Writer Young Il Kim has been awarded the Sundance Institute’s Alfred P. Sloan Commissioning Grant for his original feature script based on the life of physicist Stephen Hawking. Recipients of the grant are awarded funding to further develop their screenplays, with an additional stipend to hire a science advisor.
The 2013 Tribeca Film Institute Sloan Filmmaker Prize has been awarded to Newton’s Laws of Emotion (screenwriter Eugene Ramos and producer Andeep Singh). The project will receive a $10,000 cash prize to support the completion of the film. Newton’s Laws of Emotion follows a young Isaac Newton as he pursues the affections of a headstrong Prussian princess and seeks to uncover the principles of love using his new system of mathematics.
UCLA student Barnett Brettler is the recipient of the 2013 Sloan Student Grand Jury Prize for his screenplay Waking Hours. This annual prize celebrates the winning script from Sloan’s six film school partners—AFI, Carnegie Mellon, Columbia, NYU, UCLA, and USC. The prize includes a $30,000 grant plus mentorship from scientific experts and film industry professionals, networking opportunities, industry exposure, and an extra $20,000 toward the production of the film. Waking Hours tells the story of a UK border agent who must cross into an infected zone to find the woman he loves.
Rob Meyer’s A Birder’s Guide to Everything—a bird-watching comedy starring Ben Kingsley—had its world premiere at the 2013 Tribeca Film Festival. The film received Sloan development funding through the Sundance Labs in 2010, and was a TFI-Sloan Filmmaker Fund recipient in 2011.
The Tribeca Film Institute and the Alfred P. Sloan Foundation have awarded the 2013 TFI-Sloan grants to four projects that integrate science and technology themes. The winners are: 2030, set in a near future Vietnam where seawater has buried a large part of the land and crop cultivation has to be carried out on floating farms; Newton’s Laws of Emotion, about a young Isaac Newton and his romantic and scientific pursuits; Oldest Man Alive, in which a suicidal 88-year-old inventor finds a new reason to live; and Doctor, about a disgraced doctor and medical researcher from India who starts working at an illegal clinic in Queens.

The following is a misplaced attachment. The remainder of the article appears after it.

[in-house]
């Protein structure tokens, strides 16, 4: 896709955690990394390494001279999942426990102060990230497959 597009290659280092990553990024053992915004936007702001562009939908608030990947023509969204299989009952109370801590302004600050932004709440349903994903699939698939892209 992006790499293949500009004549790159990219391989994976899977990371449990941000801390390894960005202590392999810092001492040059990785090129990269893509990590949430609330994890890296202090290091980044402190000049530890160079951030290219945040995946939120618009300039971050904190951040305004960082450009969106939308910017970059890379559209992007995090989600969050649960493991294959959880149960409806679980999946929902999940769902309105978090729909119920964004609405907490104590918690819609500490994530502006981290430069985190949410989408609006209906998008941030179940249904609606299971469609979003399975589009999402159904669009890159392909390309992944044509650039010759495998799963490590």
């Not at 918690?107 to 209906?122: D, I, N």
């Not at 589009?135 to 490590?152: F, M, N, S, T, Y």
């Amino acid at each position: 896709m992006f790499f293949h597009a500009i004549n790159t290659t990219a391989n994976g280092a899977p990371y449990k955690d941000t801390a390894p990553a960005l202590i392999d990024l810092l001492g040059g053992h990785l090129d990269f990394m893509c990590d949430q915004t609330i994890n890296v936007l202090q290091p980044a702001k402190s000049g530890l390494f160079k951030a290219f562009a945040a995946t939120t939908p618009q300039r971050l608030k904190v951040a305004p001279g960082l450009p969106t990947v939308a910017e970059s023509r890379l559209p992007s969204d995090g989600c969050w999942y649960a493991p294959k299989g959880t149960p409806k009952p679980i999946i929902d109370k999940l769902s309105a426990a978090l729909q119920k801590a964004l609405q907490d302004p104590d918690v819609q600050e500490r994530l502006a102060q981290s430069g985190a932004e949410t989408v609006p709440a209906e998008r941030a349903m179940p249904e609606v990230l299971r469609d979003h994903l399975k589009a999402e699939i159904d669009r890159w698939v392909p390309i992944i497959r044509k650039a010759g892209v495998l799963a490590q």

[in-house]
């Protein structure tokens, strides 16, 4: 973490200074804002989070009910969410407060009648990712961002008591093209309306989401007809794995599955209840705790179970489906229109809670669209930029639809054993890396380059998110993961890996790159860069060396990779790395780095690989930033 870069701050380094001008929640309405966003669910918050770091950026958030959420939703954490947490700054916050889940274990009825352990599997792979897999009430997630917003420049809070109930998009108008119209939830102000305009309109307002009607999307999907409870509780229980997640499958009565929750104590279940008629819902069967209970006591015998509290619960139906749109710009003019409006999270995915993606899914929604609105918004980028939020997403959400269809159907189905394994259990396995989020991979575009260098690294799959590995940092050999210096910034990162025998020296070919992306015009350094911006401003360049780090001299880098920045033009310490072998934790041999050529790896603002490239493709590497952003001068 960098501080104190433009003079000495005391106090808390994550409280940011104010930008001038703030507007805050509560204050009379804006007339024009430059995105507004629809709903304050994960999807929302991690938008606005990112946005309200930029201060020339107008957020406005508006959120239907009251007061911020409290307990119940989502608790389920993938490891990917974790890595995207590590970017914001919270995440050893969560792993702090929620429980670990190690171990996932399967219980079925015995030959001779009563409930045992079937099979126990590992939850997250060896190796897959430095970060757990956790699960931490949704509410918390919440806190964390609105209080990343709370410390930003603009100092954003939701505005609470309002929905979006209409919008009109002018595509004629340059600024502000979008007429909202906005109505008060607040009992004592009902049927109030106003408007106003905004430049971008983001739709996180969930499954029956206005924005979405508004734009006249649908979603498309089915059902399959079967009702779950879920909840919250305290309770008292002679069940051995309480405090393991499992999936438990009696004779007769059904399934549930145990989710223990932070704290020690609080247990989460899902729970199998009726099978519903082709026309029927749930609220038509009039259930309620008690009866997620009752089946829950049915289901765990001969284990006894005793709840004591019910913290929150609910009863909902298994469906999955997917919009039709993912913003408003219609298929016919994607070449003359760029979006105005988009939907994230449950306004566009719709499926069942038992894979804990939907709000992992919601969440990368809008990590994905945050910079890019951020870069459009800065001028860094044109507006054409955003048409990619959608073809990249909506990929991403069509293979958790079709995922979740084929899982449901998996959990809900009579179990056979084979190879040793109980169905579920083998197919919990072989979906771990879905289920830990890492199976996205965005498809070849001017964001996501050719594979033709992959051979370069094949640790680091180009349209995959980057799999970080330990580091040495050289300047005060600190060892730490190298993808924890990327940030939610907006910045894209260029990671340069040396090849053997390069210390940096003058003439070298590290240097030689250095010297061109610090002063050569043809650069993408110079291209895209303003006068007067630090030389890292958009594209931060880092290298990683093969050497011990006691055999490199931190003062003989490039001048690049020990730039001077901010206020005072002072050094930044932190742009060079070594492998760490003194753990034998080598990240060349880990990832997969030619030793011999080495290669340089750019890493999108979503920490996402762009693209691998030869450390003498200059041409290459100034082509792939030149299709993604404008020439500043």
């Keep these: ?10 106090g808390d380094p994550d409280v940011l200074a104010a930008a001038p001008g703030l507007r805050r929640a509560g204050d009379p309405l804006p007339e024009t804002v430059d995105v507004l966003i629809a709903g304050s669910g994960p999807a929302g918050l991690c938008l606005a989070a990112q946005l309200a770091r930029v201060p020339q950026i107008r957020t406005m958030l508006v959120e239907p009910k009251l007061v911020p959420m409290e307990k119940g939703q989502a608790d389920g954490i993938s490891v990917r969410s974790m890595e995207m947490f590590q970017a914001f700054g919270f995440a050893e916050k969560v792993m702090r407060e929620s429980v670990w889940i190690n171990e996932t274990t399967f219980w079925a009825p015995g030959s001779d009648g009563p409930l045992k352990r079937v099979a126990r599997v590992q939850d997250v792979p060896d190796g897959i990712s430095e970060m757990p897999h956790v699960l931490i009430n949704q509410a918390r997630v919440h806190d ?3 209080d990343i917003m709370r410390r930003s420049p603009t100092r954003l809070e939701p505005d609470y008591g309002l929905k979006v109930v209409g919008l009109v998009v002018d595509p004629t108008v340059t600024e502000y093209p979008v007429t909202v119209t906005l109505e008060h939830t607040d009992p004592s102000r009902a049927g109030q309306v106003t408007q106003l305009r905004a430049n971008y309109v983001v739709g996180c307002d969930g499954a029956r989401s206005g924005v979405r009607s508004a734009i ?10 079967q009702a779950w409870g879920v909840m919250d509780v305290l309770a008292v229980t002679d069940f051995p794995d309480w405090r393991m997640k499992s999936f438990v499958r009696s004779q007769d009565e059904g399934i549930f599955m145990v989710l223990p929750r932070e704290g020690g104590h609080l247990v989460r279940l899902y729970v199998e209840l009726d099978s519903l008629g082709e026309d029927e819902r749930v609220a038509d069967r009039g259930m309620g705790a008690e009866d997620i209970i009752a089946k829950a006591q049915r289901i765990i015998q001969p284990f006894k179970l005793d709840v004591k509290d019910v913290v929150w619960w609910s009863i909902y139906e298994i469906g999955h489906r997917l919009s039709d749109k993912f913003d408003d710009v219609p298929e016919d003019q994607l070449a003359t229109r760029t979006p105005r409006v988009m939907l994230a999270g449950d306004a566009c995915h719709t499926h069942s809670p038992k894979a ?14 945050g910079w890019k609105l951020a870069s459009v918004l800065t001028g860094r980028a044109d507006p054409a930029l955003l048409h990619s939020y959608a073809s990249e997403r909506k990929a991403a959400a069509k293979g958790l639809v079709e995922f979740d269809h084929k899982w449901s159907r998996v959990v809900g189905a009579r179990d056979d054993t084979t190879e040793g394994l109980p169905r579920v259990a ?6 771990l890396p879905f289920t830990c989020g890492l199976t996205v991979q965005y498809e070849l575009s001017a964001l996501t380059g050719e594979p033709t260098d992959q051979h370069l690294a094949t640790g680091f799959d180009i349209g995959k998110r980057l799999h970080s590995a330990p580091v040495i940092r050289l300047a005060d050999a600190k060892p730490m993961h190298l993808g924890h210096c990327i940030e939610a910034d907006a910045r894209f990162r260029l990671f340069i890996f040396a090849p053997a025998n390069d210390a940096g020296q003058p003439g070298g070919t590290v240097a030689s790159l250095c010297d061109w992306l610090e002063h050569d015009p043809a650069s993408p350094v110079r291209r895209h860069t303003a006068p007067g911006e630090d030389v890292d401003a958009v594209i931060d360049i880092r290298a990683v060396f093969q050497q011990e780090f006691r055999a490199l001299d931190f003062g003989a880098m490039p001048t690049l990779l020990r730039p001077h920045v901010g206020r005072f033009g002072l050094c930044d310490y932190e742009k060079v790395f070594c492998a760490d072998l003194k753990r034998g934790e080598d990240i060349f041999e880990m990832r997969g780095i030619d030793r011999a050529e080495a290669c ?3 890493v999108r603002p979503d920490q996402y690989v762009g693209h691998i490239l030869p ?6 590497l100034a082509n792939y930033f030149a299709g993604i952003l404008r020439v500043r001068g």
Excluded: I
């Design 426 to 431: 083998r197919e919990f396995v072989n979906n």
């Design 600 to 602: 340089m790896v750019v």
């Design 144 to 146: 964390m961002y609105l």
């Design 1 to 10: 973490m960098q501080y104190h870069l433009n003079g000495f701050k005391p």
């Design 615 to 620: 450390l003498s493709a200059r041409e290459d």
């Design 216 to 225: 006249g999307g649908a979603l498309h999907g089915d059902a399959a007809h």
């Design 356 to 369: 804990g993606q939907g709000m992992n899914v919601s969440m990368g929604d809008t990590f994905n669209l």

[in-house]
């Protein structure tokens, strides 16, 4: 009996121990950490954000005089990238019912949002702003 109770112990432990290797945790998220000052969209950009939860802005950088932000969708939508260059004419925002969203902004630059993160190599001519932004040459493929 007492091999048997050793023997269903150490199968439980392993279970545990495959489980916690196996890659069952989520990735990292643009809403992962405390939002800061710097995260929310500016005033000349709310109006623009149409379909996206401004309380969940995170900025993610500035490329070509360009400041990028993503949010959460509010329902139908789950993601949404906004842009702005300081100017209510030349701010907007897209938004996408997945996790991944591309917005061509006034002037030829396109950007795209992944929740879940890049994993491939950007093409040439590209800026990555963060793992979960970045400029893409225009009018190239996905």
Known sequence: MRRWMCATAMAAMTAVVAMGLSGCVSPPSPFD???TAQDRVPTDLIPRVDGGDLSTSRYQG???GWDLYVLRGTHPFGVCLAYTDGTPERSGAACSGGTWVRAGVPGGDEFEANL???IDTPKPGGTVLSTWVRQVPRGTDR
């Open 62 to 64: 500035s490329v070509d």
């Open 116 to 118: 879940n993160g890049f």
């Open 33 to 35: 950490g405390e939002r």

Kino Lorber has acquired U.S. distribution rights to Andrew Bujalski’s comedy Computer Chess, winner of the 2013 Alfred P. Sloan Feature Film Prize at the Sundance Film Festival. CEO of Kino Lorber, Richard Lorber, said of the film, “We’re going to have a blast bringing this to cross-over audiences of geeky tech lovers, young and old, as well as the indie art house crowd, who will never have seen anything quite like Andrew’s unprecedented fusion of form and content here.” Andrew Bujalski was awarded the Sloan Development Fund at the Tribeca Film Institute. Computer Chess opens in July at Film Forum in New York City. Read a Cinema Scope interview with Andrew Bujalski here.
March 14, 2013 What can Night of the Living Dead (1968) tell us about the inner workings of the zombie brain? How did artificial intelligence research inform the “character” of HAL 9000 in 2001: A Space Odyssey (1968)? These are just some of the subjects addressed in Science on Screen, a lively and inventive national [...]
108 Media and Paladin have jointly acquired worldwide rights to Valley of Saints, winner of the Alfred P. Sloan Feature Film Prize at Sundance Film Festival in 2012 and recently nominated for Best Cinematography at the Independent Spirit Awards. Congratulations to the director, Musa Syeed, an NYU graduate who lives in the Museum’s neighborhood Astoria, Queens. Valley of Saints is Syeed’s first feature film—he previously co-produced Bronx Princess (Official Selection, Berlinale) and A Son’s Sacrifice (Best Documentary Short, Tribeca), with Valley cinematographer Yoni Brook.